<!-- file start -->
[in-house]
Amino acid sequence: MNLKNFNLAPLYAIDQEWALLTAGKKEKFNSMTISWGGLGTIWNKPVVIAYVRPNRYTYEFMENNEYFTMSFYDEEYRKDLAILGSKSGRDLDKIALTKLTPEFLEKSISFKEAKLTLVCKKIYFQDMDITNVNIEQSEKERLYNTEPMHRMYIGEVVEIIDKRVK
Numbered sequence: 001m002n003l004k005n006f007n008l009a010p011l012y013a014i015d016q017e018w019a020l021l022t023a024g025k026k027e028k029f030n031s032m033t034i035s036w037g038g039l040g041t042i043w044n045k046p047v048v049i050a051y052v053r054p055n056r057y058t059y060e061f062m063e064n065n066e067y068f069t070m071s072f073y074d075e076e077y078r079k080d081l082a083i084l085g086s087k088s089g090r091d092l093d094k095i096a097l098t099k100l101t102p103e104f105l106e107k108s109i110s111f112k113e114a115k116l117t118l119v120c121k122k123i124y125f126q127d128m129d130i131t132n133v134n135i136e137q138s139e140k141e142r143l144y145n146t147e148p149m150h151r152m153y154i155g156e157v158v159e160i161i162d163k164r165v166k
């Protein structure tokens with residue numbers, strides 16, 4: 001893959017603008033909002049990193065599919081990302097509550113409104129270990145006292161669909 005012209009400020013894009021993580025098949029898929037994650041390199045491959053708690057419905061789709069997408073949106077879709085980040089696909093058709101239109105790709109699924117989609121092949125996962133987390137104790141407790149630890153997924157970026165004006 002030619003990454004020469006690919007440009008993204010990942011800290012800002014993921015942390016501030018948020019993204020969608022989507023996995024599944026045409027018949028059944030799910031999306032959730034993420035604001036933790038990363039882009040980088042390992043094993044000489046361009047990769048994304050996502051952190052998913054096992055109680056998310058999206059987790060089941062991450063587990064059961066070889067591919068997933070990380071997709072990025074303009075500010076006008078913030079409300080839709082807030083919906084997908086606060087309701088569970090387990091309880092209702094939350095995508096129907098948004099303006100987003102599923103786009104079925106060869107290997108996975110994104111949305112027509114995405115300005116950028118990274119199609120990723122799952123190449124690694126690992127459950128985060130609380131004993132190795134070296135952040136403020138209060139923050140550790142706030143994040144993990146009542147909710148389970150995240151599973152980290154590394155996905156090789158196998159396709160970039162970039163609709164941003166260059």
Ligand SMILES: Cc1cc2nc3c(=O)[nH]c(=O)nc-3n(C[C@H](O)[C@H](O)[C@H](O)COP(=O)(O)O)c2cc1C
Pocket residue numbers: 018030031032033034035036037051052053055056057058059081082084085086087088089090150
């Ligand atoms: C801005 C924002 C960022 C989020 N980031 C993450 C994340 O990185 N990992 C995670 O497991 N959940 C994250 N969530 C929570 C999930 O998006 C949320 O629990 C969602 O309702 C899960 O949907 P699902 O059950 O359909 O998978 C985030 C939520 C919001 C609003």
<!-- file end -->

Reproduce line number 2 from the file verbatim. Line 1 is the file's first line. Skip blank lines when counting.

Amino acid sequence: MNLKNFNLAPLYAIDQEWALLTAGKKEKFNSMTISWGGLGTIWNKPVVIAYVRPNRYTYEFMENNEYFTMSFYDEEYRKDLAILGSKSGRDLDKIALTKLTPEFLEKSISFKEAKLTLVCKKIYFQDMDITNVNIEQSEKERLYNTEPMHRMYIGEVVEIIDKRVK